The fascinating and tragic story of Mary Ann Bevan

She is Mary Ann Bevan, known as the “ugliest woman in the world”, but when you know her story you will call her “the most beautiful person in the world”. Mary Ann suffered from acromegaly due to which she had abnormal growth and facial distortion. After her husband died, without a breadwinner in the house, accumulating debts and financial needs of her 4 children she decided to participate in the humiliating contest and won the offensive title of “world’s ugliest woman.”

In many ways, I’m happy with how far our society has come in 2022. Sure, certain things were better in the old days, but if we look just a few centuries back, there are aspects of everyday life that well and truly belong in the dustbin of history.

In the 19th century, ”freak shows” were one of the most popular attractions out there, and viewed as a normal staple of American culture.

In essence, they were traveling circuses displaying “odd” people – such as bearded ladies and Siamese twins.

One such “odd” person, Mary Ann Bevan, became known as the “Ugliest Woman in the World” – and her remarkable history and tragic fate show why we must never forget her…

Individuals of different ethnicities or with different physical abilities have always fascinated people – but putting them on public display and making money out of them is something that is wrong, no matter the time period we’re talking about.

Today, it’s just unacceptable to treat deformed people as objects of entertainment – but in the 19th century, crowds flocked to see them. From the 1840s to the 1940s, “freak shows” were at the peak of their popularity, and exploitation for profit wasn’t considered morally wrong.

Like everyone else

Therfore, it’s perhaps not so strange that the story of Mary Ann Bevan begins during this particular era in history. She was born Mary Ann Webster on the December 20, 1874, in Plaistow, East London, United Kingdom.

During this time, it was common for there to be veritable crowds of children in almost every working-class family. Mary Ann Webster was one of eight children, and was just like her siblings (six of them being brothers) while growing up.

When her brothers got older, they were sent off to work to provide for the family. But Mary Ann had other opportunities. After finishing her medical studies, the gorgeous brunette became a nurse in 1894. At this point in her life, her future looked promising.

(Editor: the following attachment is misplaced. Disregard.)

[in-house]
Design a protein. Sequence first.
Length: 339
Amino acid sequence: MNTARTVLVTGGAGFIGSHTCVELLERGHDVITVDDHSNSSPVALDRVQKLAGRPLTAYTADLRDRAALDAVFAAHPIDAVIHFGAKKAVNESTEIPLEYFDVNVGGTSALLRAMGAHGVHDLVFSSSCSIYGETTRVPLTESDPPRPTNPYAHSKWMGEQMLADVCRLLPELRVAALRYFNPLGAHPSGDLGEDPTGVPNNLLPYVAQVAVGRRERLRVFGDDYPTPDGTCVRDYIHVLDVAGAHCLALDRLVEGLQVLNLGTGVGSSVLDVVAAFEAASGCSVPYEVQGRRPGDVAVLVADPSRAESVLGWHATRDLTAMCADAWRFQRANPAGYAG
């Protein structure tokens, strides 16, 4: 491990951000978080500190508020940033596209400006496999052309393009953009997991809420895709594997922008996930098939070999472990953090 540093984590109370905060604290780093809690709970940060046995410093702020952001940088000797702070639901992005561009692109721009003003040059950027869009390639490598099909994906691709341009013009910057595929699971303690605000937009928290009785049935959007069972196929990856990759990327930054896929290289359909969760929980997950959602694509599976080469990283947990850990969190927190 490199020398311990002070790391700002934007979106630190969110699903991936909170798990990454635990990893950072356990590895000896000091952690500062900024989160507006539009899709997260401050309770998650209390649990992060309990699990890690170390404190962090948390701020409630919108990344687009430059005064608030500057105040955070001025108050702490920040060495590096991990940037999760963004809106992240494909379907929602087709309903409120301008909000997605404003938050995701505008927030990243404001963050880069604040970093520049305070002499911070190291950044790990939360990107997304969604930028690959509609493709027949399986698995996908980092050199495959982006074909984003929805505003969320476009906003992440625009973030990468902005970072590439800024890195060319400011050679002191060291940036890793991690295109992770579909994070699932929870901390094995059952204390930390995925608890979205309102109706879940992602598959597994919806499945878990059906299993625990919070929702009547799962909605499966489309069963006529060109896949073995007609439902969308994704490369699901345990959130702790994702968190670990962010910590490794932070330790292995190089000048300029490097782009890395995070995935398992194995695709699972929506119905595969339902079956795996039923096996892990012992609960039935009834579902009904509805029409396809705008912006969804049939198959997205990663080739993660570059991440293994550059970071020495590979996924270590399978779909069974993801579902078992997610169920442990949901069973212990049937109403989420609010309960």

She was a beautiful young woman with delicate features; she had a good education and lived in London. This city was economically prosperous and had become the center of the modern world.

Mary Ann also found love in 1902, when she married Thomas Bevan. The couple were very happy together, welcoming four children during their marriage. Sadly, though, the good times didn’t last forever. After 14 years together, Thomas passed away from a stroke. Mary Ann was devastated, not to mention left alone with her four children.

Unfortunately, other things were also plaguing her mind. An medical issue had started to affect her just after she married Thomas, and it only worsened as the years passed.

Around the age of 32, Mary Ann started showing signs of acromegaly. She must have been terrified when the first symptoms showed up, and sadly, it wasn’t easy to get help for the rare condition.

At that time, acromegaly was an unknown disease, and doctors had little knowledge about how to treat it. Acromegaly is a disorder where the body produces too much growth hormone, resulting in enlarged body tissue and bones. It’s a cruel condition, one that often makes the affected person’s hands and feet three times their usual size.

The disease usually appears after puberty, but in the case of Mary Ann Bevan, the disorder showed up later in life and affected her face. While battling the condition, her face rapidly became larger and more masculine.

Today, we know much more about the disease. For example, we know that it affects as many as six in 100,000 people. The condition can also be treated if it is detected in time. For people who are diagnosed with acromegaly today, for example, life expectancy is equal to that of the general population – providing they receive the proper treatment early on.

But such medical advances were sadly not something that Mary Ann Bevan would benefit from. Instead, she was massively impacted by the disease – both financially and psychologically.

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